Interestingly enough, church today touched on both "Nothing" (my post for yesterday) and "Breakthrough" (what I had already decided to call this). Despite my grand plans to do "nothing" this weekend, they played a video that asked us not to do "nothing" - that at the very least we should be praying for our armed forces who are deployed, their families waiting at home for them, and for those families whose armed forces won't be coming home. At least not in a joyous homecoming. That's fair. But I was of those minor sucker-punch "d'oh"s of irony.
The sermon series has been on final days and it's been kind of interesting - not the usual run through Revelation, but looking at other things. In today's case, Elijah. On his last day, he and his attendant Elisha walked 35 miles, visiting four towns. For whatever reason, it was quite well known that this was Elijah's last day on earth and so he was visiting places where he'd founded schools. But our pastor also used it to describe stages of Christian life and the final city he related to breakthrough - a place of new blessings. (the other stages were "beginnings," "seeing God's presence," and "past victories." Breakthroughs was the one I had the least amount of notes on, but I still found it surprising that those two terms came up so obviously for me in church this morning.)
So the breakthrough I wanted to share was an eating breakthrough. Ben has texture issues and also just some general eating issues. He doesn't like slimy food and he likes to hoard food in his hands. But this morning before church, I decided I was going to work with him. Lori was on worship team so she and Rachel had gone to the early service. So Ben and I were left to get ready on our own to go to join them for the later service. With ample time, I decided I'd work with him on eating.
So I started with applesauce. He doesn't like slimy food and he doesn't like utensils. But I'm pretty sure that it's stubbornness in some cases and I was determined to give it a decent go. So I pulled out the tiny Tollhouse Morsels and I gave him a couple. Then, making sure he was watching carefully, I placed a couple into a spoonful of cherry applesauce. He ate the bite and then immediately opened his mouth for more. I would occasionally give him some morsels before he had a chance to ask to keep him encouraged, but he ate the entire container of applesauce. He had no interest in holding the spoon, but he let me help him eat the entire thing.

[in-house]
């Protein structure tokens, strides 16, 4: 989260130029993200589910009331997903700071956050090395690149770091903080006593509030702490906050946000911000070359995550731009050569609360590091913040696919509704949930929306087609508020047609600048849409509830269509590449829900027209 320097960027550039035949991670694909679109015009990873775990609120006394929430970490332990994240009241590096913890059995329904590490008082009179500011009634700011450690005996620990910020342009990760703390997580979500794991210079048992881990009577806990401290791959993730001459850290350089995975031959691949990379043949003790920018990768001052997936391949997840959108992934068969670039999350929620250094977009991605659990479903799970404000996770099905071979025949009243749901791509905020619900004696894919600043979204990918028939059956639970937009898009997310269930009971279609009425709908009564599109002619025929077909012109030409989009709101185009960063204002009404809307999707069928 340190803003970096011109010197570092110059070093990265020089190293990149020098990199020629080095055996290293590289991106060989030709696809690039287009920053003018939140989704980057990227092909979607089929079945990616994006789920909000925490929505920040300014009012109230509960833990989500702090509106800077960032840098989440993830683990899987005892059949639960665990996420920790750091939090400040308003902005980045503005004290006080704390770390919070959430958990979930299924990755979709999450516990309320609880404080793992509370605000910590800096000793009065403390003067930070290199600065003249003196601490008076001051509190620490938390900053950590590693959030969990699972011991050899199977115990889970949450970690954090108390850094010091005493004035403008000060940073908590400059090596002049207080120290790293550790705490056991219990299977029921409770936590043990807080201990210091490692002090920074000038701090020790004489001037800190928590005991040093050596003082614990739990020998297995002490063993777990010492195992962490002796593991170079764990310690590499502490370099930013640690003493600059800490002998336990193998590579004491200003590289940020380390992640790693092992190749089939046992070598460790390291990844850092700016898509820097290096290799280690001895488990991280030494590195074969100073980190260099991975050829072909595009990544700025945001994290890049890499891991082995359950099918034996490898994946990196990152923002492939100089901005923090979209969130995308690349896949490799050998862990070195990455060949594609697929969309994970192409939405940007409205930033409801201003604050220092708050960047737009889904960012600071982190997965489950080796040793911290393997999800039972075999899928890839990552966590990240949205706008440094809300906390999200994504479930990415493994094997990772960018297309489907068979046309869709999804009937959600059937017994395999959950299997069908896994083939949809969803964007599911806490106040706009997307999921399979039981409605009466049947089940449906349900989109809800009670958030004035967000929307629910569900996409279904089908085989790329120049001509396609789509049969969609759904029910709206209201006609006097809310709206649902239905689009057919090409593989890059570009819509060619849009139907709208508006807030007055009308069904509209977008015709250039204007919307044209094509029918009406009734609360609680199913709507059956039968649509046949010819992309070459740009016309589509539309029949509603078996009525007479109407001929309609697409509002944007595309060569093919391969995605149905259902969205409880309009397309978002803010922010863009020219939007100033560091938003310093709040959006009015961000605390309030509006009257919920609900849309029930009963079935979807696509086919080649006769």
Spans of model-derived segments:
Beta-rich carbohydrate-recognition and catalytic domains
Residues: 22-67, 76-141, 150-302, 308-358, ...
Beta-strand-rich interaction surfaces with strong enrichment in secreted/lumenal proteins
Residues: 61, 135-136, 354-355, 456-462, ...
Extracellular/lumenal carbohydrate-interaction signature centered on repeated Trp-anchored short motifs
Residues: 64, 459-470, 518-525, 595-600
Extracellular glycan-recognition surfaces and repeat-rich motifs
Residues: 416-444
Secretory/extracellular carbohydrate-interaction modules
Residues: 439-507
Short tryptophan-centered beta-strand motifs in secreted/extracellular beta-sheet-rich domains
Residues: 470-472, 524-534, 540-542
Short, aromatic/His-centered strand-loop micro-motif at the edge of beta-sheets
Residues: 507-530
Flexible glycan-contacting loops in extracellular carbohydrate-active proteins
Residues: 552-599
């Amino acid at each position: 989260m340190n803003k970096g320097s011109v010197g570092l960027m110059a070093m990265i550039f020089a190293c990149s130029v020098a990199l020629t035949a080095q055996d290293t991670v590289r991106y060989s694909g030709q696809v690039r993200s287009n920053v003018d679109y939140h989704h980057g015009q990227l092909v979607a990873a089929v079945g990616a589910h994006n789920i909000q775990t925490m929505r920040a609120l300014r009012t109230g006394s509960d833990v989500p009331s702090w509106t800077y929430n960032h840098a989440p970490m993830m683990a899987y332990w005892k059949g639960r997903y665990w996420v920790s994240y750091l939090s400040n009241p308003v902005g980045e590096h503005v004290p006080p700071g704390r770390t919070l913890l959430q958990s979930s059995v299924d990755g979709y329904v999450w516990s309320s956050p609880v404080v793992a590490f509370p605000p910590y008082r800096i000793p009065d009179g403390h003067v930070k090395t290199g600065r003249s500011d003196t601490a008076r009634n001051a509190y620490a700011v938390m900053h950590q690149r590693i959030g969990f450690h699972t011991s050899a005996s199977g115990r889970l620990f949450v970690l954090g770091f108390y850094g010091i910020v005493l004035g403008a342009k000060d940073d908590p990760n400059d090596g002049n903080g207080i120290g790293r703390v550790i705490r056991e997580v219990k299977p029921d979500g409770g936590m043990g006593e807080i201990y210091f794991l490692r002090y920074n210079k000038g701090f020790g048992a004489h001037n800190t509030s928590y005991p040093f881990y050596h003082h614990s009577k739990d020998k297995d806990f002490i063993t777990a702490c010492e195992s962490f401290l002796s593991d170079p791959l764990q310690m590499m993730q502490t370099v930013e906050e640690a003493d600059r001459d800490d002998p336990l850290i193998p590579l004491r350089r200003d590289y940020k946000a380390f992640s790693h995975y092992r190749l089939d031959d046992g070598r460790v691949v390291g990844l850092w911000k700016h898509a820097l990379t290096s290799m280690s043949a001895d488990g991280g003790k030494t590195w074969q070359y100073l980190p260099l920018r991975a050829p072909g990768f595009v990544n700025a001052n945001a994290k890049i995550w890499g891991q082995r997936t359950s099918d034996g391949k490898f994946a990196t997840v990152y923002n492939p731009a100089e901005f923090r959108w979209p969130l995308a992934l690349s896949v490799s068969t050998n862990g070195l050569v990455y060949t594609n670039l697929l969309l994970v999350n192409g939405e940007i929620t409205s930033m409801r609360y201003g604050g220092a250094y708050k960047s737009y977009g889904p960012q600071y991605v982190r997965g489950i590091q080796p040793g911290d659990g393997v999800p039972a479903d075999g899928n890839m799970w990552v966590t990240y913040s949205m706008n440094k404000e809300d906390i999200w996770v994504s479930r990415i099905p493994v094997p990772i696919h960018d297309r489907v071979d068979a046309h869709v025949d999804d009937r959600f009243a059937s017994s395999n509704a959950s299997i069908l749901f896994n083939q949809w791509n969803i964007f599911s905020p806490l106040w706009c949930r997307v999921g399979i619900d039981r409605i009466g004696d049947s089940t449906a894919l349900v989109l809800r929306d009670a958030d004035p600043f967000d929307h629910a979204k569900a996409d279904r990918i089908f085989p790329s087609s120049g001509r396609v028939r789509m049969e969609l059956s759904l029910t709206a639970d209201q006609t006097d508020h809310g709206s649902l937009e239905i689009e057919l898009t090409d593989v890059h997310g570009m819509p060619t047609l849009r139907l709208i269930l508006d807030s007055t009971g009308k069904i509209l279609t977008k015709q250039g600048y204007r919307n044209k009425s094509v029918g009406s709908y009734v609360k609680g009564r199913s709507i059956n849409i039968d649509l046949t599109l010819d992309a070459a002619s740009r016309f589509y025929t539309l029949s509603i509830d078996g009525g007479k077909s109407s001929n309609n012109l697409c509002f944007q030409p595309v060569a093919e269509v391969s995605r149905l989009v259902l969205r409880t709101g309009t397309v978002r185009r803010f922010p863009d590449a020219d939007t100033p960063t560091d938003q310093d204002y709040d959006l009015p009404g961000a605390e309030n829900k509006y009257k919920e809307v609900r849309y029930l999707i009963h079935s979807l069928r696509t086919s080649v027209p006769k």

I was so encouraged that I wanted to try something more. Typically, he just eats dry cereal for breakfast because he loves the crunch, they're a single bite serving and he can hold a bunch in each hand. But I didn't want to do that. Sometimes I feel like we don't challenge him because it's so hard and he's so stubborn and does such a good job of seeming so wounded.
I toasted a piece of bread, covered it with a very light coating of creamy peanut butter and strawberry jam. Then I cut it into three strips (later cutting each strip in half) and offered him a bite. A first there was a small struggle and I had to hold his hands down in his lap to keep him from covering his face. I didn't force the food into his mouth. He wanted to resist, but I wouldn't call it a fight or a struggle, he didn't push too hard against my holding his arms down, but he kept his mouth closed firmly. I held the food close and talked quietly and finally he opened his mouth. He tentatively bit into the bread without taking a bite and then decided it was ok and took a bite.
After awhile I offered another bite but though trial and error I realized my problem was that I thought he was ready for another bite sooner than he actually was. After awhile, I got the rhythm down, but after about a sixth of it, he grabbed the next piece himself. With a little coaching, he was setting it down between between bites. Here's a short video of him eating single bites and setting it down between bites, all without coaching.
This was a really exciting for me to see. I'm not sure how to repeat this, but I wonder if it has to be when there's no one else around (other meals since then haven't been nearly as positive or productive) and when there's plenty of time to go really slow and patient. An investment that's easier said than done, but oh so rewarding!